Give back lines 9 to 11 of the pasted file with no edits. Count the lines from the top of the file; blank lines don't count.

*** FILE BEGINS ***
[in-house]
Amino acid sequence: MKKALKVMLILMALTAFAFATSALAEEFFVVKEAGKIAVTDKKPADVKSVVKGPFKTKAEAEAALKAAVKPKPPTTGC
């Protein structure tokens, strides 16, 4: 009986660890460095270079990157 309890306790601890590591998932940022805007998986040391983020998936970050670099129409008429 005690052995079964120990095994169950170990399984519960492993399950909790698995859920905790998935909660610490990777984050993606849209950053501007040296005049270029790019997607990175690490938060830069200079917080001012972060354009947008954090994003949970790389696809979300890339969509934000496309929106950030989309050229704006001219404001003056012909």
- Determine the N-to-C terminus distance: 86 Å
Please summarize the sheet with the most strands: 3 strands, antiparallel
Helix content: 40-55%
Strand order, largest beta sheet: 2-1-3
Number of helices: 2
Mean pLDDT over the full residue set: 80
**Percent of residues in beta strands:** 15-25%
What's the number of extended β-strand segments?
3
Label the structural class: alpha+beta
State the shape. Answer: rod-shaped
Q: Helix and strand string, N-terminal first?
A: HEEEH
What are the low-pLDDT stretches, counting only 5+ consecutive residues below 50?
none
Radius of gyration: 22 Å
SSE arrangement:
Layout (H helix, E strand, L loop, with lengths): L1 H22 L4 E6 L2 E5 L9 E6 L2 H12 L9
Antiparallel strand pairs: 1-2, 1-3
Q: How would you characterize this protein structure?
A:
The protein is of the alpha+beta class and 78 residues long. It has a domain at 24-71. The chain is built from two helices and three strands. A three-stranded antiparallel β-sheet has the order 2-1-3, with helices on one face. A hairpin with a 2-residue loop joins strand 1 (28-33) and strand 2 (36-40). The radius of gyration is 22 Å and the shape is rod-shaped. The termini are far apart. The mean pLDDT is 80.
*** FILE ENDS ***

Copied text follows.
Mean pLDDT over the full residue set: 80
**Percent of residues in beta strands:** 15-25%
What's the number of extended β-strand segments?